In the past few years, cooling off with a hard seltzer on a hot summer day has become increasingly popular. While the two biggest players in the market, White Claw and Truly, enjoy the lion’s share of the market, many other companies are looking to capitalize in the hard seltzer market. And, as the Summer of 2020 begins to heat up, so does the trademark battle between two of these companies: Future Proof Brands, LLC (“Future Proof”) and Molson Coors.1

The Products and the Marks

On September 1, 2019, Future Proof launched “Brizzy,” a seltzer cocktail offering consumers a refreshing alcoholic beverage with only 100 calories, 2 carbs, 1 gram of sugar and 5% alcohol by volume. Brizzy flavors include Watermelon Mule, Strawberry Rose, and Mixed Berry Mojito. Future Proof applied to register the Brizzy mark with the USPTO in November 2018. Originating in Austin, Texas, the products can now be found in over 1,000 retail locations in four states with plans to expand into more states this year.

Molson Coors’s hard seltzer, “Vizzy,” is advertised as “the only hard seltzer with antioxidant Vitamin C.”2 It similarly offers 100 calories, 2 carbs, 1 gram of sugar and 5% alcohol by volume. In September 2019, Molson Coors filed an application to register the Vizzy trademark. Vizzy flavors include “hint of” pineapple mango, black cherry lime, blueberry pomegranate, and strawberry kiwi.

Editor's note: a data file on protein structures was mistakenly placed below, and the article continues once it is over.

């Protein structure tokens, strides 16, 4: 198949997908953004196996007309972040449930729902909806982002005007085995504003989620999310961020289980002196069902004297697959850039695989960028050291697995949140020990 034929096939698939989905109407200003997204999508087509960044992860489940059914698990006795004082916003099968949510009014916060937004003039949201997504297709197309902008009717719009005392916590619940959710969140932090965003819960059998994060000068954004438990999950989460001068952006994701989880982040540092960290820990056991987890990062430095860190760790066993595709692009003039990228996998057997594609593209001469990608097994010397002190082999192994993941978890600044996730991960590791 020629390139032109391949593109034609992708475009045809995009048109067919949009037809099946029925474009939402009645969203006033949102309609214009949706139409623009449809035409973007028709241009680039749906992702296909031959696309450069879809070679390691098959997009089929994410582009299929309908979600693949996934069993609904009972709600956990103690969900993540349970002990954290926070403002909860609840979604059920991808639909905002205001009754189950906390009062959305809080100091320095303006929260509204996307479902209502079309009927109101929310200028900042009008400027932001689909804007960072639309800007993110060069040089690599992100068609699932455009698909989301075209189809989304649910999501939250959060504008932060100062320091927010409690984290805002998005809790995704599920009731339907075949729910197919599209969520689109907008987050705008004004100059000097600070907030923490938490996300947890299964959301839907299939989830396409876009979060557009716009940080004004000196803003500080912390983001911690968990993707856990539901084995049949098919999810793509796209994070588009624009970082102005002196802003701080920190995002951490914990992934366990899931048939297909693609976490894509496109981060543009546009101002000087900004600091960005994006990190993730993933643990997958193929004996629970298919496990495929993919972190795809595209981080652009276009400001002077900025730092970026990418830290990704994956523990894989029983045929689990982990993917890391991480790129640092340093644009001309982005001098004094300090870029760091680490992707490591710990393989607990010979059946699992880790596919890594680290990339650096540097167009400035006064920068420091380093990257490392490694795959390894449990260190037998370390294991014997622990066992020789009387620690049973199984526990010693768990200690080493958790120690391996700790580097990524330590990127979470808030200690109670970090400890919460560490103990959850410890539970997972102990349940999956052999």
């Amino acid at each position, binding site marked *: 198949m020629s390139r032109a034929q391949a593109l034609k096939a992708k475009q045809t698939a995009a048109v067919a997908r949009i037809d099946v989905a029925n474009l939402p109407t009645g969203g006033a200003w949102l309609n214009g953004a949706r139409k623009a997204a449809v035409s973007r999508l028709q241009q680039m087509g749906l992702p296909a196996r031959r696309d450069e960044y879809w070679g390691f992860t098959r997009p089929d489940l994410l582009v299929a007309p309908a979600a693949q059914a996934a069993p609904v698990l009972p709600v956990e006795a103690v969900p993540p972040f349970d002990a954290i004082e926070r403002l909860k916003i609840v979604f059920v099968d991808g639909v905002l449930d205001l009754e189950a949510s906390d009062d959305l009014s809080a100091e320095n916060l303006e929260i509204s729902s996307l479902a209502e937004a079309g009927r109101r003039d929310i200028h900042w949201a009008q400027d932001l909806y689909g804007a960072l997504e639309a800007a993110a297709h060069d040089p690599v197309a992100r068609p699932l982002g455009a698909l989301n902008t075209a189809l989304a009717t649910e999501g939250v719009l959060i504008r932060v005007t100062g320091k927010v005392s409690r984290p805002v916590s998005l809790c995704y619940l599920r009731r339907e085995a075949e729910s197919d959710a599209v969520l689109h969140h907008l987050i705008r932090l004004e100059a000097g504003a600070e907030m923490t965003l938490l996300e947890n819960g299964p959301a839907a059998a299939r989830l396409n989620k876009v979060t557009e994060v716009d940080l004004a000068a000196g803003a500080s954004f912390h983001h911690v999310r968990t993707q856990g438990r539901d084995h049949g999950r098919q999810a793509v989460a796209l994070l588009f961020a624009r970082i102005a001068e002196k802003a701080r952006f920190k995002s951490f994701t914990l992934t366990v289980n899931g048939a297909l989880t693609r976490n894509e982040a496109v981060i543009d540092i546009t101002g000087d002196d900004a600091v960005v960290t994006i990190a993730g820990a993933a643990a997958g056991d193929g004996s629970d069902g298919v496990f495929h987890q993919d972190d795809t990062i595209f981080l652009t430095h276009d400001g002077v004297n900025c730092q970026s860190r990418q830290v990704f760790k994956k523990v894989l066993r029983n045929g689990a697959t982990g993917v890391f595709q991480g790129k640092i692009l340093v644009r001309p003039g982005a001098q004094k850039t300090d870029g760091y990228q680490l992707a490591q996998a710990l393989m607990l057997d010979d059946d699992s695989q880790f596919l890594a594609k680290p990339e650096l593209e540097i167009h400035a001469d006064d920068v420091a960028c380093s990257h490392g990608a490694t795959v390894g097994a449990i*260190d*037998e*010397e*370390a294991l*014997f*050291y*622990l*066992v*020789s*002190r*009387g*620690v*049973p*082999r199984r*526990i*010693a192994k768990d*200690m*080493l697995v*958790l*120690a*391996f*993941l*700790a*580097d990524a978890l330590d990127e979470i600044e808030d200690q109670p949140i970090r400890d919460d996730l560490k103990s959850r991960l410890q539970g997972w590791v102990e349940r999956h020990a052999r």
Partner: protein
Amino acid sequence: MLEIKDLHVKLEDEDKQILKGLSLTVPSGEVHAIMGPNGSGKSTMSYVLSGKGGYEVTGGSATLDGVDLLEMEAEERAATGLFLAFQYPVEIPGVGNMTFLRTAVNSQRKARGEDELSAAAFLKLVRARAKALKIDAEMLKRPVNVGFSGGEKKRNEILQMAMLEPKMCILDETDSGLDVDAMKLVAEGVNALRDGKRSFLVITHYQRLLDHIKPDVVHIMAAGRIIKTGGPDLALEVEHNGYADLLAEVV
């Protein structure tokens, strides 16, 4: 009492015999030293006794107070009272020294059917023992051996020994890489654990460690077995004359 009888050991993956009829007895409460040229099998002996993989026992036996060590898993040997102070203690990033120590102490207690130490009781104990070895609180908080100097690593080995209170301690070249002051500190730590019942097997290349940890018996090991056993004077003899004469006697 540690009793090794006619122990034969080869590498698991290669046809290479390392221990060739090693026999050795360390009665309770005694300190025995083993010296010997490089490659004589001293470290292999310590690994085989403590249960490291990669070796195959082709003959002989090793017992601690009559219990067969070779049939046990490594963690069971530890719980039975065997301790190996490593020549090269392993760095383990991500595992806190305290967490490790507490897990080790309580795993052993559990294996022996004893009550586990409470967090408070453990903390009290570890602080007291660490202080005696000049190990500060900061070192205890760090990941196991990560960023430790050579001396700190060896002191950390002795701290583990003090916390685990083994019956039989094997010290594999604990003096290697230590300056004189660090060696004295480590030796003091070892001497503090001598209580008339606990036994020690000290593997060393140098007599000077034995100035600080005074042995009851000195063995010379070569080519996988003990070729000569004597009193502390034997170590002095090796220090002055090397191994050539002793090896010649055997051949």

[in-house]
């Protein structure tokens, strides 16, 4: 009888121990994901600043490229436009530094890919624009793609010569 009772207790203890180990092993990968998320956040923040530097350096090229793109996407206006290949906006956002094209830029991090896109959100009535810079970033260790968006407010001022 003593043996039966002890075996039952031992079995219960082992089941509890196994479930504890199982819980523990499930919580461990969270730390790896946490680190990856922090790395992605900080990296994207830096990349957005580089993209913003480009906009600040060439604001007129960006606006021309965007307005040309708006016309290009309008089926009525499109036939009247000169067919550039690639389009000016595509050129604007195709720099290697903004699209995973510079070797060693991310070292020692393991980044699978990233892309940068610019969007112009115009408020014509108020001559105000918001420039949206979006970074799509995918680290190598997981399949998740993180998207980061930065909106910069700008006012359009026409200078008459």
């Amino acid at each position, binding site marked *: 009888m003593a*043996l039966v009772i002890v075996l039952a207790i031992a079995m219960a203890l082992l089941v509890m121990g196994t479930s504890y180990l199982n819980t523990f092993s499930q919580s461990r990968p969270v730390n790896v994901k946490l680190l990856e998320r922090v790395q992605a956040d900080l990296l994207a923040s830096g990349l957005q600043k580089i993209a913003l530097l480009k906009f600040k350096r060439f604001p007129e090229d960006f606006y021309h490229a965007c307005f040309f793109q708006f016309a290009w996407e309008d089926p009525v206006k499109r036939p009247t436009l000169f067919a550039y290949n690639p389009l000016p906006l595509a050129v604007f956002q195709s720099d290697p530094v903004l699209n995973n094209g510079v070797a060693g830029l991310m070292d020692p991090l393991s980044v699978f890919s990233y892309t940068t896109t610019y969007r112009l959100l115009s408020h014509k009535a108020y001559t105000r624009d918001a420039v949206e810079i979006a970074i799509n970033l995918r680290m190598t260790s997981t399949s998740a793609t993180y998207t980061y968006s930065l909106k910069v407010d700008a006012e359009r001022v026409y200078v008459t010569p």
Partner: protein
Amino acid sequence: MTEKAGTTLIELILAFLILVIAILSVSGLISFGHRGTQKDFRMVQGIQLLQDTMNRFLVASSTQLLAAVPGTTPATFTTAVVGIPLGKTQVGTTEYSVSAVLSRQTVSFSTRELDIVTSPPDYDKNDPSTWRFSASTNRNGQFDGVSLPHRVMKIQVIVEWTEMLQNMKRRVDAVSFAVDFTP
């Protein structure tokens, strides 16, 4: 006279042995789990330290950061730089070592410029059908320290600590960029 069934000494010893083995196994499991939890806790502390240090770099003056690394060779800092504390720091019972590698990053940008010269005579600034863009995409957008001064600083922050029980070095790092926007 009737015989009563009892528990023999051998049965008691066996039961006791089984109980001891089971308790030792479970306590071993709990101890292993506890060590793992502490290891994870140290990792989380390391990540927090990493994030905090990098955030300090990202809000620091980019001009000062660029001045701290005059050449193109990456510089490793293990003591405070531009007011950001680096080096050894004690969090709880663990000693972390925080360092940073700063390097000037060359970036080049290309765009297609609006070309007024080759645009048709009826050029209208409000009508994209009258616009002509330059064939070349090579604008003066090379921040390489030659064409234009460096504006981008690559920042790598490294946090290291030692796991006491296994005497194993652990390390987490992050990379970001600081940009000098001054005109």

Future Proof Attempts to Protect Brizzy

In February 2020, after filing an action for trademark infringement, Future Proof filed a motion seeking a preliminary injunction prohibiting Molson Coors from selling and marketing Vizzy on the grounds that Vizzy was confusingly similar to Brizzy.3 Future Proof sought to enjoin Molson Coors from: (1) advertising or selling alcoholic beverages with Vizzy or any other confusingly similar mark to Brizzy; and (2) using, registering, or applying to register the Vizzy mark or any variation thereof.

However, the court refused to grant the preliminary injunction finding Future Proof did not meet its burden on the first requirement of the Rule 65 standard—namely, that it was likely to succeed on the trademark infringement claim. The court held that Future Proof failed to show it would succeed on the merits of the claim because there was not a likelihood of confusion between the marks – one of the two elements of infringement. The court examined the eight factors for confusion, discussed below, before concluding that, taken as a whole, there was insufficient evidence to demonstrate a likelihood of success on the merits.

The strength of the mark allegedly infringed